16. Dawson J, Carr A. Outcomes evaluation in orthopaedics. J Bone Joint Surg Br. 2001;83:313–315. doi: 10.1302/0301-620X.83B3.12148. [PubMed] [Cross Ref]
17. Kehlet H, Soballe K. Fast-track hip and knee replacement—what are the issues? Acta Orthop. 2010;81:271–272. doi: 10.3109/17453674.2010.487237. [PMC free article] [PubMed] [Cross Ref]
18. Mabrey JD, Toohey JS, Armstrong DA, Lavery L, Wammack LA. Clinical pathway management of total knee arthroplasty. Clin Orthop Relat Res. 1997;345:125–133. doi: 10.1097/00003086-199712000-00017. [PubMed] [Cross Ref]
19. Palmer RM. Perioperative care of the elderly patient: an update. Cleve Clin J Med. 2009;76:S16–S21. doi: 10.3949/ccjm.76.s4.03. [PubMed] [Cross Ref]
20. Panella M, Marchisio S, Di SF. Reducing clinical variations with clinical pathways: do pathways work? Int J Qual Health Care. 2003;15:509–521. doi: 10.1093/intqhc/mzg057. [PubMed] [Cross Ref]
21. Petersen MK, Andersen NT, Soballe K. Self-reported functional outcome after primary total hip replacement treated with two different perioperative regimes: a follow-up study involving 61 patients. Acta Orthop. 2008;79:160–167. doi: 10.1080/17453670710014932. [PubMed] [Cross Ref]
22. Rapp SM (2010) Fast-track joint arthroplasty protocols increasing patient safety and satisfaction. Orthopedics Today Europe. http://www.orthosupersite.com/view.aspx?rid=77419. Accessed 19 December 2011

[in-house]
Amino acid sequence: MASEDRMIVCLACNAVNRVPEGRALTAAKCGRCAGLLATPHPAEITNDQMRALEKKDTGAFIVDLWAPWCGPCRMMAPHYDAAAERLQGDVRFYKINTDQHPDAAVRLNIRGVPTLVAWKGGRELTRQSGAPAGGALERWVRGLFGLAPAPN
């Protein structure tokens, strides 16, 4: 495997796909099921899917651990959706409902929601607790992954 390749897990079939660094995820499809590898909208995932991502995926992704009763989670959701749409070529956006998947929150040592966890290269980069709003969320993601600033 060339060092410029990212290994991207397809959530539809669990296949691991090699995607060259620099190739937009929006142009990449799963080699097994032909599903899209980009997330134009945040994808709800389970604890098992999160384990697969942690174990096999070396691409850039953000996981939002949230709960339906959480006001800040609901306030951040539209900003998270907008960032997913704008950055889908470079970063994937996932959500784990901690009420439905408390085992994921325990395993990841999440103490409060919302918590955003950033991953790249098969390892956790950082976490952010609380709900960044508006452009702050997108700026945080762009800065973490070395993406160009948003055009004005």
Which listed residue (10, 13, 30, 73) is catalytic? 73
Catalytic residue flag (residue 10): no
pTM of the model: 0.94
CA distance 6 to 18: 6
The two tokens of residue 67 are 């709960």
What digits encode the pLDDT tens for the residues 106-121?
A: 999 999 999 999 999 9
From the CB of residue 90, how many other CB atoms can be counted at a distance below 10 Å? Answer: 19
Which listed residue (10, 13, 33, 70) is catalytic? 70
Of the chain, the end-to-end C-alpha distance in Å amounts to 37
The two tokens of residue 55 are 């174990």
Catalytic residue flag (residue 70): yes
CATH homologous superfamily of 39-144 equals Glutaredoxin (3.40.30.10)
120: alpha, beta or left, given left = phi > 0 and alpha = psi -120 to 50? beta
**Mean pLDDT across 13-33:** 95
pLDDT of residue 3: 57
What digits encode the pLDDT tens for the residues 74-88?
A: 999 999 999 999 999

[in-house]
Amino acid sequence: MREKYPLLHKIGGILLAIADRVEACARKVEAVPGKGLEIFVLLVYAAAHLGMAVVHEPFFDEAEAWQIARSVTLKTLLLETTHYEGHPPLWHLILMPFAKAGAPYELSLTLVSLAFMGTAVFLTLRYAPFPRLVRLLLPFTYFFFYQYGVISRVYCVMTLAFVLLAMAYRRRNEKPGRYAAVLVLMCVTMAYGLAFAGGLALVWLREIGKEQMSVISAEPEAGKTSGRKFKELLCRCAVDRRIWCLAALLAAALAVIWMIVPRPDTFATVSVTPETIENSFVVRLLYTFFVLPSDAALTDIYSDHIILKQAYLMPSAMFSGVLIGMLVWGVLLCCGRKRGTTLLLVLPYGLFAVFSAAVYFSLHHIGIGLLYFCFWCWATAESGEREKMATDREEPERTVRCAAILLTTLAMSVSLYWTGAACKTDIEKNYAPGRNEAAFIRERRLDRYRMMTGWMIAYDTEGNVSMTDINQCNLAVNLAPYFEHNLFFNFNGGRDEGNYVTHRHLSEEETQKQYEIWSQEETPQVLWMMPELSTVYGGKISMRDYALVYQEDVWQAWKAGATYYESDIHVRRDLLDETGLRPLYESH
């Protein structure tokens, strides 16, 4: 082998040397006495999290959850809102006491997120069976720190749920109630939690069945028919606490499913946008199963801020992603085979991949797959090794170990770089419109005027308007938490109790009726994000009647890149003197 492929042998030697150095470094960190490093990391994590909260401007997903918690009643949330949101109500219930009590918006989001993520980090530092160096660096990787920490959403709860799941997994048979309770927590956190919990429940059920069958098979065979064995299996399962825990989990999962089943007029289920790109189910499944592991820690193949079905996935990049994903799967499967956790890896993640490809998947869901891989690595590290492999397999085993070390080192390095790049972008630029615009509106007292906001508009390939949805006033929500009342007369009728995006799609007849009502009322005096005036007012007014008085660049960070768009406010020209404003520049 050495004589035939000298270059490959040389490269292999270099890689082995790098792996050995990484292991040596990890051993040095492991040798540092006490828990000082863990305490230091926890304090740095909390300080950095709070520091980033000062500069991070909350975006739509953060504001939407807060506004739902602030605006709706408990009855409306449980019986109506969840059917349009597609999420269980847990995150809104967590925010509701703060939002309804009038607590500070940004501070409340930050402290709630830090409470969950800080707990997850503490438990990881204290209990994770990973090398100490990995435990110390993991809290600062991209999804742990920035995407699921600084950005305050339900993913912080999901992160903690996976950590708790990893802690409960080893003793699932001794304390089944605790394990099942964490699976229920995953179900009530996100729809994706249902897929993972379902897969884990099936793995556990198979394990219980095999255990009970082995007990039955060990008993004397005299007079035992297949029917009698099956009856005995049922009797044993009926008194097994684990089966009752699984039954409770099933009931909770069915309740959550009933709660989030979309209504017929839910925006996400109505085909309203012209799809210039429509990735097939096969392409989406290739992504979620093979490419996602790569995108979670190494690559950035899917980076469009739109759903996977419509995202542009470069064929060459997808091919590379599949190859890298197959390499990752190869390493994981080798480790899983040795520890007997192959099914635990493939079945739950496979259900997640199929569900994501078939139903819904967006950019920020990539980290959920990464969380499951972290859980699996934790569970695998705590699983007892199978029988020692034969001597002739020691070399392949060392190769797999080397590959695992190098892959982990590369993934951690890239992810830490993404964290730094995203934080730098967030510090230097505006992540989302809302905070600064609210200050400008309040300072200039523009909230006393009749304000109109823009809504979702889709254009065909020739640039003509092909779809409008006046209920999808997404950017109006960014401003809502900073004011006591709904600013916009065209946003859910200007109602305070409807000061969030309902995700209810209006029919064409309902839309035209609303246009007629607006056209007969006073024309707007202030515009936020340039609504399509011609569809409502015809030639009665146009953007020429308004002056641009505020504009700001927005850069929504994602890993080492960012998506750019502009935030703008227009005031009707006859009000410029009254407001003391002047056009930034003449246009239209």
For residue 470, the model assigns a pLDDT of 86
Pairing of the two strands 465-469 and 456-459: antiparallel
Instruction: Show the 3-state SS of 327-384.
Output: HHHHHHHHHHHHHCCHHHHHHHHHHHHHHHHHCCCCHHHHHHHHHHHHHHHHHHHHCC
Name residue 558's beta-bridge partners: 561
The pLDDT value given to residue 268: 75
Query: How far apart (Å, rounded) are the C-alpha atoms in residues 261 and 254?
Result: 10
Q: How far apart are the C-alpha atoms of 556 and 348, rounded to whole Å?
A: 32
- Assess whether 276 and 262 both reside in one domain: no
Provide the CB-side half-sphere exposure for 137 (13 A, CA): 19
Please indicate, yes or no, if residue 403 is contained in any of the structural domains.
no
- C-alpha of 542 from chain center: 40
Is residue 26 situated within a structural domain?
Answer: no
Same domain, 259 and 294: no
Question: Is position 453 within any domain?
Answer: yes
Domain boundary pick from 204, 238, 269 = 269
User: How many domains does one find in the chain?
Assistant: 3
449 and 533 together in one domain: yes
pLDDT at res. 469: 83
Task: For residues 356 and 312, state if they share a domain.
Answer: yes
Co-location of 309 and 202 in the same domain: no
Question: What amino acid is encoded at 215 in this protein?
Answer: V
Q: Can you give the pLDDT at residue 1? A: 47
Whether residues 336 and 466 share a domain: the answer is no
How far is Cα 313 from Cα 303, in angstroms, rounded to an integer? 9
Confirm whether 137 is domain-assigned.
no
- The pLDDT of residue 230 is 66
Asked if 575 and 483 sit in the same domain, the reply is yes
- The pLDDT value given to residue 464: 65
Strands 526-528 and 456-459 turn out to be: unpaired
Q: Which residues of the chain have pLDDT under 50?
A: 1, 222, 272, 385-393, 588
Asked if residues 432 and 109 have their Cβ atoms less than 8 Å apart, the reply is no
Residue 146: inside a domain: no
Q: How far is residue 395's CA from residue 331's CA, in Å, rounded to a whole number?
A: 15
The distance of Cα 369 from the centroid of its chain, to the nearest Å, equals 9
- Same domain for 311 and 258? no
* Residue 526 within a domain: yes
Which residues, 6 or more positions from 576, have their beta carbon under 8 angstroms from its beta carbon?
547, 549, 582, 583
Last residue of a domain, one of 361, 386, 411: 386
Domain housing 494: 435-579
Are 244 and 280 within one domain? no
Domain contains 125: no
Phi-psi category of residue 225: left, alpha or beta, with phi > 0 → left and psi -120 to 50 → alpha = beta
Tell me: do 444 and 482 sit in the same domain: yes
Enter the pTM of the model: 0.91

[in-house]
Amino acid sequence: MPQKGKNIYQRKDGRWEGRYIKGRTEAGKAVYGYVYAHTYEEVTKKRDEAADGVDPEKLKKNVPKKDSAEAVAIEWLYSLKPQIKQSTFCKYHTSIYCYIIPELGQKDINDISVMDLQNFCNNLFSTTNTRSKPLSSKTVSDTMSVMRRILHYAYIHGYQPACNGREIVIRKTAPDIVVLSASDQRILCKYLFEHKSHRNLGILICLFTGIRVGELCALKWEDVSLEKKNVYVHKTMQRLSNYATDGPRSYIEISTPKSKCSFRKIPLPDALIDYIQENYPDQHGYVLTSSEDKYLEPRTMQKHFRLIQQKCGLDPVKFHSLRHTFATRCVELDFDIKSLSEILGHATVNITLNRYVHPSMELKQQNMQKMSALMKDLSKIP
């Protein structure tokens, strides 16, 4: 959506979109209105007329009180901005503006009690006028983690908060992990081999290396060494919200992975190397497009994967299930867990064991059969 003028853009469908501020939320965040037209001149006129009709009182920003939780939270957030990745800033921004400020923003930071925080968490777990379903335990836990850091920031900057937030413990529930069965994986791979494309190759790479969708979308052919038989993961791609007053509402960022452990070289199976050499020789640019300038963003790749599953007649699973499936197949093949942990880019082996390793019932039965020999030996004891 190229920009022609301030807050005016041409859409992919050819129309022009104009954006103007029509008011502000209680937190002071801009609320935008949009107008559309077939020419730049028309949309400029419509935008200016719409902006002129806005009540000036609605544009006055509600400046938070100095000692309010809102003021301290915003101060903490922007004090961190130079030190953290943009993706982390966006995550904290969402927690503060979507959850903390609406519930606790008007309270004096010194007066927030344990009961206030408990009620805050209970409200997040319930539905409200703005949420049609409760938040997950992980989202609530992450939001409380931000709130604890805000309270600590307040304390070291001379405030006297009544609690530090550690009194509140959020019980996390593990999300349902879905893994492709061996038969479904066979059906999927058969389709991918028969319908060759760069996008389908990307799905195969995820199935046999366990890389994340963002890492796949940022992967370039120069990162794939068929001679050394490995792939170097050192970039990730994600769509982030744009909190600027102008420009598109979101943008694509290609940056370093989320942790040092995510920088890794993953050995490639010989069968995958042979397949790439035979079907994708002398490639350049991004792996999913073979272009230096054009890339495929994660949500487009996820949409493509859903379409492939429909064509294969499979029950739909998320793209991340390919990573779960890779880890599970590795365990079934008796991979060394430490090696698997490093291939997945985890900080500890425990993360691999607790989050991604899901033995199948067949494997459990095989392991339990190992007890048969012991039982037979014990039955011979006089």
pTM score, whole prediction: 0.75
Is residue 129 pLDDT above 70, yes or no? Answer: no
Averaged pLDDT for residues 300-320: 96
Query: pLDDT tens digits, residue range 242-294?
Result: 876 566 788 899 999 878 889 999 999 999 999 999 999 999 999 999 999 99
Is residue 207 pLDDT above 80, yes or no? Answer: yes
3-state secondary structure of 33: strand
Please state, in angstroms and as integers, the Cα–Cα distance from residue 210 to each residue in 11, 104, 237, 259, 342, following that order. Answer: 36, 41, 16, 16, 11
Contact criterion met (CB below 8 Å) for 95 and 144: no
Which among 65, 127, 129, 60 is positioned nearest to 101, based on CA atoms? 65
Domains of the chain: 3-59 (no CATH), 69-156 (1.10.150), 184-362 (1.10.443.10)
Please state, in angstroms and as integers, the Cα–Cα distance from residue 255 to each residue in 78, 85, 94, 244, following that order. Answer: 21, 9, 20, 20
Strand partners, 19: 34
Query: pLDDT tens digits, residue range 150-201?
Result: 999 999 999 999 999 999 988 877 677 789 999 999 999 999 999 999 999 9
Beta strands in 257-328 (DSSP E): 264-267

23. Brunenberg DE, Steyn MJ, Sluimer JC, Bekebrede LL, Bulstra SK, Joore MA. Joint recovery programme versus usual care: an economic evaluation of a clinical pathway for joint replacement surgery. Med Care. 2005;43:1018–1026. doi: 10.1097/01.mlr.0000178266.75744.35. [PubMed] [Cross Ref]
24. Kim S, Losina E, Solomon DH, Wright J, Katz JN. Effectiveness of clinical pathways for total knee and total hip arthroplasty: literature review. J Arthroplasty. 2003;18:69–74. doi: 10.1054/arth.2003.50030. [PubMed] [Cross Ref]
25. Macario A, Horne M, Goodman S, Vitez T, Dexter F, Heinen R, Brown B. The effect of a perioperative clinical pathway for knee replacement surgery on hospital costs. Anesth Analg. 1998;86:978–984. [PubMed]
26. Pearson SD, Kleefield SF, Soukop JR, Cook EF, Lee TH. Critical pathways intervention to reduce length of hospital stay. Am J Med. 2001;110:175–180. doi: 10.1016/S0002-9343(00)00705-1. [PubMed] [Cross Ref]